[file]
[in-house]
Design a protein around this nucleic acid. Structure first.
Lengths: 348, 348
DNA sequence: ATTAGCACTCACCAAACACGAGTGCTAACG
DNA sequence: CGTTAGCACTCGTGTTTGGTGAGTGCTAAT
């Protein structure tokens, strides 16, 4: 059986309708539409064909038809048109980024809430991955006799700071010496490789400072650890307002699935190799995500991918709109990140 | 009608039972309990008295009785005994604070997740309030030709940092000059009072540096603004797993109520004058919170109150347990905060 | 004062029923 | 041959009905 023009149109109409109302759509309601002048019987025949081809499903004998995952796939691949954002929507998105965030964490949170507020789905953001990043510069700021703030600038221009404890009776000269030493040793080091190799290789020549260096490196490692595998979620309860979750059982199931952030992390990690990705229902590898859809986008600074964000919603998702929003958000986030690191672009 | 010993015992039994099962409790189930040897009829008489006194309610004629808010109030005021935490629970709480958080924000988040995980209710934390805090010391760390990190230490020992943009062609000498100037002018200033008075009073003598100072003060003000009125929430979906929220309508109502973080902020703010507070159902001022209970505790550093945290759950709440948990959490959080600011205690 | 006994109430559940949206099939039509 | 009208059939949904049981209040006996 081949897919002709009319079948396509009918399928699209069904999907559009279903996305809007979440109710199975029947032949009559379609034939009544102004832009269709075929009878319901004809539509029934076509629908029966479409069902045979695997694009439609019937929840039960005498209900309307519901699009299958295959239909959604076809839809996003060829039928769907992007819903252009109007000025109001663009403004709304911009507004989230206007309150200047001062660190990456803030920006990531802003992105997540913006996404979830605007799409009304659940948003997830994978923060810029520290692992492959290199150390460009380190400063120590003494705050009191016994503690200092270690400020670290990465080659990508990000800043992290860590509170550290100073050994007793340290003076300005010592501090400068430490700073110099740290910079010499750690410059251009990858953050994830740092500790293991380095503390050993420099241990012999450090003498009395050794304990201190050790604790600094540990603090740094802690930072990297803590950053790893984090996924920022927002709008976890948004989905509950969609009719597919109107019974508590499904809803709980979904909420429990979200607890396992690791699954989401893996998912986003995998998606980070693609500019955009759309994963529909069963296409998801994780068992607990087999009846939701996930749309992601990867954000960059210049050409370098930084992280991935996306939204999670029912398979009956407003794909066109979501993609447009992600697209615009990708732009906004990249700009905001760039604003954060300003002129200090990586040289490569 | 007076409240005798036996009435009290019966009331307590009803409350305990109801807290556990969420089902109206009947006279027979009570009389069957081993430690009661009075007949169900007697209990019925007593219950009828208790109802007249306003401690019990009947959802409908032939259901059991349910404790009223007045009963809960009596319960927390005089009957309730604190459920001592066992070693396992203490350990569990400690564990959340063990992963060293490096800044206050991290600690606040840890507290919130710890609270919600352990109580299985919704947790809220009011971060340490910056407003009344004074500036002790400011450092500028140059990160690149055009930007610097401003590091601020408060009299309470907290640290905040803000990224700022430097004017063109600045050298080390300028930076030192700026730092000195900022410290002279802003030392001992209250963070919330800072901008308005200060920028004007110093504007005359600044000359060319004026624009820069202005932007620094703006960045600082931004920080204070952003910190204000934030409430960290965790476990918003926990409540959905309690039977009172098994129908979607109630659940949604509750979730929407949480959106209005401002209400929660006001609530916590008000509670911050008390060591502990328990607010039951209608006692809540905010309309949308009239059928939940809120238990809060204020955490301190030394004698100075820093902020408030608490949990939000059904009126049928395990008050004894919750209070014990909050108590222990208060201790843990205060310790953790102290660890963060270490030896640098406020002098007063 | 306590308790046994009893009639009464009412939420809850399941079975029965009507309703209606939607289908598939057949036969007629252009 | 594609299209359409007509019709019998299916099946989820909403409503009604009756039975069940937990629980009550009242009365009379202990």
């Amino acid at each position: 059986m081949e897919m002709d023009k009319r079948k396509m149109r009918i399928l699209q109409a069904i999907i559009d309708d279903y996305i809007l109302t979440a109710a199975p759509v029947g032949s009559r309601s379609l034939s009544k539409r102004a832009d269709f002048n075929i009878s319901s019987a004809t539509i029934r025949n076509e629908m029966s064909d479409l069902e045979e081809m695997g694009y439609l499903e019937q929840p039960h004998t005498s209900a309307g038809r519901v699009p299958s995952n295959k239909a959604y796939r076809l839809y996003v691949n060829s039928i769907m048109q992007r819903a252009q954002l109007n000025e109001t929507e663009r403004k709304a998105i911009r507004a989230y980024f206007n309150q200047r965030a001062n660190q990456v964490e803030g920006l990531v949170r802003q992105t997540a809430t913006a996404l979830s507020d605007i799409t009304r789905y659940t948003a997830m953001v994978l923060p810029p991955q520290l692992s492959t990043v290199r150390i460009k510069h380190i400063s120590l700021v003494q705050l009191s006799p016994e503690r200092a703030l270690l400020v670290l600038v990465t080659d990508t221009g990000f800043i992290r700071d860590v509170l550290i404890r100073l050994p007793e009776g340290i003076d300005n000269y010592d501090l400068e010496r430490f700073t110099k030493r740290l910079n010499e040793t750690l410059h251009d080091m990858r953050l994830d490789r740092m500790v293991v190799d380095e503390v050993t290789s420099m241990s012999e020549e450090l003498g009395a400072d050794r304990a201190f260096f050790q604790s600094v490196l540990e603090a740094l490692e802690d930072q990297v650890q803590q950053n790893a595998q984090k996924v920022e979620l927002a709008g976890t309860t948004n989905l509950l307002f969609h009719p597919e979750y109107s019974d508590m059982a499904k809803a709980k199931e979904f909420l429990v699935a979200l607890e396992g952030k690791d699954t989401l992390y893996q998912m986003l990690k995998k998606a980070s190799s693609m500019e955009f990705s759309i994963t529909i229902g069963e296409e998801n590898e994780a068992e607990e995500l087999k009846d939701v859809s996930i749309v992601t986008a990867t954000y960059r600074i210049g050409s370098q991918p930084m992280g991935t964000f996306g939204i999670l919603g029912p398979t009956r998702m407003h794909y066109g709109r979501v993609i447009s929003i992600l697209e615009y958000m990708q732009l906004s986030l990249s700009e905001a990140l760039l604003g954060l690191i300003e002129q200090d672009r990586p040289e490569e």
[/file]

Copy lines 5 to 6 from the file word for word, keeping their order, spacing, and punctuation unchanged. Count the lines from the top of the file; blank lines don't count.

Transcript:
DNA sequence: CGTTAGCACTCGTGTTTGGTGAGTGCTAAT
């Protein structure tokens, strides 16, 4: 059986309708539409064909038809048109980024809430991955006799700071010496490789400072650890307002699935190799995500991918709109990140 | 009608039972309990008295009785005994604070997740309030030709940092000059009072540096603004797993109520004058919170109150347990905060 | 004062029923 | 041959009905 023009149109109409109302759509309601002048019987025949081809499903004998995952796939691949954002929507998105965030964490949170507020789905953001990043510069700021703030600038221009404890009776000269030493040793080091190799290789020549260096490196490692595998979620309860979750059982199931952030992390990690990705229902590898859809986008600074964000919603998702929003958000986030690191672009 | 010993015992039994099962409790189930040897009829008489006194309610004629808010109030005021935490629970709480958080924000988040995980209710934390805090010391760390990190230490020992943009062609000498100037002018200033008075009073003598100072003060003000009125929430979906929220309508109502973080902020703010507070159902001022209970505790550093945290759950709440948990959490959080600011205690 | 006994109430559940949206099939039509 | 009208059939949904049981209040006996 081949897919002709009319079948396509009918399928699209069904999907559009279903996305809007979440109710199975029947032949009559379609034939009544102004832009269709075929009878319901004809539509029934076509629908029966479409069902045979695997694009439609019937929840039960005498209900309307519901699009299958295959239909959604076809839809996003060829039928769907992007819903252009109007000025109001663009403004709304911009507004989230206007309150200047001062660190990456803030920006990531802003992105997540913006996404979830605007799409009304659940948003997830994978923060810029520290692992492959290199150390460009380190400063120590003494705050009191016994503690200092270690400020670290990465080659990508990000800043992290860590509170550290100073050994007793340290003076300005010592501090400068430490700073110099740290910079010499750690410059251009990858953050994830740092500790293991380095503390050993420099241990012999450090003498009395050794304990201190050790604790600094540990603090740094802690930072990297803590950053790893984090996924920022927002709008976890948004989905509950969609009719597919109107019974508590499904809803709980979904909420429990979200607890396992690791699954989401893996998912986003995998998606980070693609500019955009759309994963529909069963296409998801994780068992607990087999009846939701996930749309992601990867954000960059210049050409370098930084992280991935996306939204999670029912398979009956407003794909066109979501993609447009992600697209615009990708732009906004990249700009905001760039604003954060300003002129200090990586040289490569 | 007076409240005798036996009435009290019966009331307590009803409350305990109801807290556990969420089902109206009947006279027979009570009389069957081993430690009661009075007949169900007697209990019925007593219950009828208790109802007249306003401690019990009947959802409908032939259901059991349910404790009223007045009963809960009596319960927390005089009957309730604190459920001592066992070693396992203490350990569990400690564990959340063990992963060293490096800044206050991290600690606040840890507290919130710890609270919600352990109580299985919704947790809220009011971060340490910056407003009344004074500036002790400011450092500028140059990160690149055009930007610097401003590091601020408060009299309470907290640290905040803000990224700022430097004017063109600045050298080390300028930076030192700026730092000195900022410290002279802003030392001992209250963070919330800072901008308005200060920028004007110093504007005359600044000359060319004026624009820069202005932007620094703006960045600082931004920080204070952003910190204000934030409430960290965790476990918003926990409540959905309690039977009172098994129908979607109630659940949604509750979730929407949480959106209005401002209400929660006001609530916590008000509670911050008390060591502990328990607010039951209608006692809540905010309309949308009239059928939940809120238990809060204020955490301190030394004698100075820093902020408030608490949990939000059904009126049928395990008050004894919750209070014990909050108590222990208060201790843990205060310790953790102290660890963060270490030896640098406020002098007063 | 306590308790046994009893009639009464009412939420809850399941079975029965009507309703209606939607289908598939057949036969007629252009 | 594609299209359409007509019709019998299916099946989820909403409503009604009756039975069940937990629980009550009242009365009379202990």